Department of Consumer Affairs urges online platforms to refrain from adopting ‘dark patterns’ harming consumer interest

azadi ka amrit mahotsav

The Department of Consumer Affairs, Government of India has urged online platforms to refrain from incorporating any design or pattern in the online interface of their platform that may deceive or manipulate consumer choice and fall in the category of dark patterns.

2.       In a letter addressed to major online platforms in India, Shri Rohit Kumar Singh, Secretary, Department of Consumer Affairs has strongly advised online platform to not engage in ‘unfair trade practices’ by incorporating dark patterns in their online interface to manipulate consumer choice and violate ‘consumer rights’ as enshrined under Section 2(9) of the Consumer Protection Act, 2019.

3.       It is pertinent to note that dark patterns involve using a design and choice architecture to trick, coerce or influence consumers to make choices not in their best interest. Engaging in such deceptive and manipulative conduct by using dark patterns in online interfaces unfairly exploits consumers’ interest and constitutes ‘unfair trade practice’ under the Consumer Protection Act, 2019.

4.       Recently, regulators in other jurisdictions such as European Union, USA and UK have taken action against dark patterns involving unfair and deceptive practices in online interfaces which were found to be detrimental to consumers. The activities which the platforms were observed to be indulging include:-

  1. Non-consensual enrolment in subscription programs (USA)
  1. Pressure selling using misleading countdown clock (UK)
  1. Secretly saving credit card information and charging users without consent (USA)
  1. Putting in place a cancellation process designed to deter consumers from opting out of subscription (Norway).

5.       Some examples of Dark Patterns are:

  1. False Urgency: This tactic creates a sense of urgency or scarcity to pressure consumers into making a purchase or taking an action.
  1. Basket Sneaking: Websites or apps use dark patterns to add additional products or services to the shopping cart without user consent.
  2. Subscription Traps: This tactic makes it easy for consumers to sign up for a service but difficult for them to cancel it, often by hiding the cancellation option or requiring multiple steps.
  3. Confirm Shaming: It involves guilt as a way to make consumers adhere. It criticizes or attack consumers for not conforming to a particular belief or viewpoint.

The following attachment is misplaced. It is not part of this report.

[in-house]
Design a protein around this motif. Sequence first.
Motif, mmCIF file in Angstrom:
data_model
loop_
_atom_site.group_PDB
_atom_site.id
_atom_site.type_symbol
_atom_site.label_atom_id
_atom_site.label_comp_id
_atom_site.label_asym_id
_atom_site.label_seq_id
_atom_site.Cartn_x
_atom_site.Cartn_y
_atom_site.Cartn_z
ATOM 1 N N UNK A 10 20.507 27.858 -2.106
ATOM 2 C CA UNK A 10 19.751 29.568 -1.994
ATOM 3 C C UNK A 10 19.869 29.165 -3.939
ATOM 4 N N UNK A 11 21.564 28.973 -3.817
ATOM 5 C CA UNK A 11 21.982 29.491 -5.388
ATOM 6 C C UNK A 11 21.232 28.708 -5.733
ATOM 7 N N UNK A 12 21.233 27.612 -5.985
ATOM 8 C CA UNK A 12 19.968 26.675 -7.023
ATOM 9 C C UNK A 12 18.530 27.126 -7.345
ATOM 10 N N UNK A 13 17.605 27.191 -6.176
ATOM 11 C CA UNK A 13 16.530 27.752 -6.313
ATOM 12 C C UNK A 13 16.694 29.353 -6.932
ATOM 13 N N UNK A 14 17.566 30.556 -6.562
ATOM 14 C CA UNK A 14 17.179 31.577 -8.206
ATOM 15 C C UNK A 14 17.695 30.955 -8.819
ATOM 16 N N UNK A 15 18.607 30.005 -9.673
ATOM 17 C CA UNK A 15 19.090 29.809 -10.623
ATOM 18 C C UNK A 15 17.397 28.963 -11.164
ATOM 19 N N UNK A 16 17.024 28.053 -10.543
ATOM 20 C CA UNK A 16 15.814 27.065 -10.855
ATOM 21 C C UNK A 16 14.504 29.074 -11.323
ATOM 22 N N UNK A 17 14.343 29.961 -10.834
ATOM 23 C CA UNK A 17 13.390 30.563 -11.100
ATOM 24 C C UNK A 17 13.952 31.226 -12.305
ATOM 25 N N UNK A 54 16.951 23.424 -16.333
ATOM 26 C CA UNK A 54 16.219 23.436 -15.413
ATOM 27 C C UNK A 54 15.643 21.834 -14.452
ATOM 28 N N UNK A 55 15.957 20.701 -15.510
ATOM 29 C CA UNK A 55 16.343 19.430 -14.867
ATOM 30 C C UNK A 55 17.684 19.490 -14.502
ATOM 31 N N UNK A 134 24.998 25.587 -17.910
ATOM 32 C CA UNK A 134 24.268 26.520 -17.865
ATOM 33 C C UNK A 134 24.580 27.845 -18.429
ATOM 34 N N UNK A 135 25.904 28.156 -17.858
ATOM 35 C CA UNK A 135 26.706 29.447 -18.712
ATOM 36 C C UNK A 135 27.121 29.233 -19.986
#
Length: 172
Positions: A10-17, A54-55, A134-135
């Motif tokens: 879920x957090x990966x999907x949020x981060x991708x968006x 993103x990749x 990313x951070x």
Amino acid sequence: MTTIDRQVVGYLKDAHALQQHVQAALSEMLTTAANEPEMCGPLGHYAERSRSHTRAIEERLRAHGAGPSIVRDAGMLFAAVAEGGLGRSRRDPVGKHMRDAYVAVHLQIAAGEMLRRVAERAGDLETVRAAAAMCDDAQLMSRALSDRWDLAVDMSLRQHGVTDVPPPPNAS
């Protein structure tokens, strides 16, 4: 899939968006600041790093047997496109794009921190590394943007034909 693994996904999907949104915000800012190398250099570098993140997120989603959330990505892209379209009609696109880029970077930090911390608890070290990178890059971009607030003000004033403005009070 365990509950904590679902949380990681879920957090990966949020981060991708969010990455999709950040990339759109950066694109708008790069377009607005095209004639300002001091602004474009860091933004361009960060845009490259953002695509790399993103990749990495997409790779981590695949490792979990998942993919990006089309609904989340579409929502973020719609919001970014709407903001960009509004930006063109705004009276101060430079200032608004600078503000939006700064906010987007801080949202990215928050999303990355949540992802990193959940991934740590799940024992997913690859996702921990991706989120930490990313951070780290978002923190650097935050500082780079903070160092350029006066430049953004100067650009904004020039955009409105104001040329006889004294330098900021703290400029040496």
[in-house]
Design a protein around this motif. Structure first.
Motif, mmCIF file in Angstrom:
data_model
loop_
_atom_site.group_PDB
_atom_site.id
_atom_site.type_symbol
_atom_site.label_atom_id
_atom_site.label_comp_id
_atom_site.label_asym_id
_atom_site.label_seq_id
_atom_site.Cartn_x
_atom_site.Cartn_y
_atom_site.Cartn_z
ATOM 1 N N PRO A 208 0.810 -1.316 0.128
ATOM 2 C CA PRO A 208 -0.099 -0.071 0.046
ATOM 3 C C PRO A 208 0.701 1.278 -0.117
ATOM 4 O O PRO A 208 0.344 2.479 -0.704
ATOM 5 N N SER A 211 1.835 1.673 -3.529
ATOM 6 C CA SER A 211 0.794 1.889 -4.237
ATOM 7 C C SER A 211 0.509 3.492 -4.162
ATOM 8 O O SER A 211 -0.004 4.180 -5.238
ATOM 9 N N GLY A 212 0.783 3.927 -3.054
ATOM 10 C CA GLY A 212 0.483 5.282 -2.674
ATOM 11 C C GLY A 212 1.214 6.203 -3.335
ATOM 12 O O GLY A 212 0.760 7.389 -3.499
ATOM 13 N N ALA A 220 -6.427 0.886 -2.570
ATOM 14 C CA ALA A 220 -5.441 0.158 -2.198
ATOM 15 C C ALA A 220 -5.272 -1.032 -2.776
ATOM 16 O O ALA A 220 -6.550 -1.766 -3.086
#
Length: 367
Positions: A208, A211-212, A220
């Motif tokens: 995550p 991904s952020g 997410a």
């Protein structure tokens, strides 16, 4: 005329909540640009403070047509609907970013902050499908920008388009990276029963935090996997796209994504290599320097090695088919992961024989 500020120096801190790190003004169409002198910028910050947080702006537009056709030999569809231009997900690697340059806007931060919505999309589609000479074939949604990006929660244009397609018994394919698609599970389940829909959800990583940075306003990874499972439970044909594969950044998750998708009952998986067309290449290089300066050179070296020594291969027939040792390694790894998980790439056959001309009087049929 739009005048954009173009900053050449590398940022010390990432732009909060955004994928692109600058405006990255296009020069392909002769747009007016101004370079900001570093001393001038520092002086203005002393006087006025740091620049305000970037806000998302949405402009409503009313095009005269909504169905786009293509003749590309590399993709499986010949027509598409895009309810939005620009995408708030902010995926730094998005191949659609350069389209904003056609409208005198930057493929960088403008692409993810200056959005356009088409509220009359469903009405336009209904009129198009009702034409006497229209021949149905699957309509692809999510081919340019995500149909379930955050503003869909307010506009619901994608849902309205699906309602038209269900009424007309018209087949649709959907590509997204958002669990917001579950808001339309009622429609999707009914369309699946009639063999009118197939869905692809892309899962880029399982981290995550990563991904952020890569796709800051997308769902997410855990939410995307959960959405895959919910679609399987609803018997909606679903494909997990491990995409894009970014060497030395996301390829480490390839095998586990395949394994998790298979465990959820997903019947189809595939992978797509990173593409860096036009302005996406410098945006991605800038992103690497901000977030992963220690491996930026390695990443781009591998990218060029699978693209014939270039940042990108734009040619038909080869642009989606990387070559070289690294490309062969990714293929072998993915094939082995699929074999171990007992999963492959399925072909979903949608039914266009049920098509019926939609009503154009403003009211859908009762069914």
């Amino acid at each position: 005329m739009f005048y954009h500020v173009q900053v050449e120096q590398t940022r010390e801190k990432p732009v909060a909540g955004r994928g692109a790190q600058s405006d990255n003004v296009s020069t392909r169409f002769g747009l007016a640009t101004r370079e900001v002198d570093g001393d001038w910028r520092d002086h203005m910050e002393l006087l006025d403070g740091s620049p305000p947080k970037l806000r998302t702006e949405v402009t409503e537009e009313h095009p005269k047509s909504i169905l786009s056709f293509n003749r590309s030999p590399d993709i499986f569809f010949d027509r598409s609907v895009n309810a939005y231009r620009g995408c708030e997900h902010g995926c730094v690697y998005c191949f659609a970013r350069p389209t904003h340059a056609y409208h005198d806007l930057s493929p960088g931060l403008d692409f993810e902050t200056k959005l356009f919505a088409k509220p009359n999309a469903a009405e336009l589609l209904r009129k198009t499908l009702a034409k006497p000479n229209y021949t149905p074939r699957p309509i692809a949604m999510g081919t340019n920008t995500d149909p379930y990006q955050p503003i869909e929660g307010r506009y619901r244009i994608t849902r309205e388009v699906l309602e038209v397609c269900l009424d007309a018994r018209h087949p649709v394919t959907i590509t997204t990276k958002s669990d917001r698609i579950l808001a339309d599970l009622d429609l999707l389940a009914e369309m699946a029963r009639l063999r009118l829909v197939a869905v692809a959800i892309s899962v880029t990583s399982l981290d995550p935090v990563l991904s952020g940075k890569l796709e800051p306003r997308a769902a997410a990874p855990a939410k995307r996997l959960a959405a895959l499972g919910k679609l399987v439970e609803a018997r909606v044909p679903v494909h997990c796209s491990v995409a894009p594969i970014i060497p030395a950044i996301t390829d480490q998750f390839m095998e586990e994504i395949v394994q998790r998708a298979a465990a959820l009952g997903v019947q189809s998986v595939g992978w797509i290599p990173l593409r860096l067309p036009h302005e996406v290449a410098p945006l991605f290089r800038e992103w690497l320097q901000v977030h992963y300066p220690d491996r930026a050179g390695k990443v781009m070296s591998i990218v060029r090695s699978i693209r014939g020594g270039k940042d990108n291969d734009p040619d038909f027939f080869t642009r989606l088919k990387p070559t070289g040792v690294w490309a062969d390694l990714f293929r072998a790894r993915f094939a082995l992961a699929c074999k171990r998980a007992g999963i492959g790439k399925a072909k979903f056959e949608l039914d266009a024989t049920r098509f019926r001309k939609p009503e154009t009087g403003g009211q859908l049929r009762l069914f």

4. Forced Action: This involves forcing consumers into taking an action they may not want to take, such as signing up for a service in order to access content.
  5. Nagging: It refers to persistent, repetitive and annoyingly constant criticism, complaints, requests for action.
  6. Interface Interference: This tactic involves making it difficult for consumers to take certain actions, such as canceling a subscription or deleting an account.
  7. Bait and Switch: This involves advertising one product or service but delivering another, often of lower quality.
  8. Hidden Costs: This tactic involves hiding additional costs from consumers until they are already committed to making a purchase.
  9. Disguised Ads: Disguised ads are advertisements that are designed to look like other types of content, such as news articles or user-generated content.

6.       With growing penetration of internet and rising smartphone usage in India, consumers are increasingly choosing e-commerce as the preferred mode of shopping. In such a scenario, it is essential that online platforms do not indulge in unfair trade practices by incorporating dark patterns which result in a harmful or undesirable outcome for the consumer.

7.       Consumers can report instances of ‘dark patters’ or provide feedback and report such manipulative online practices on the National Consumer Helpline (NCH) by calling ‘1915’ or through Whatsapp on 8800001915.



Source PIB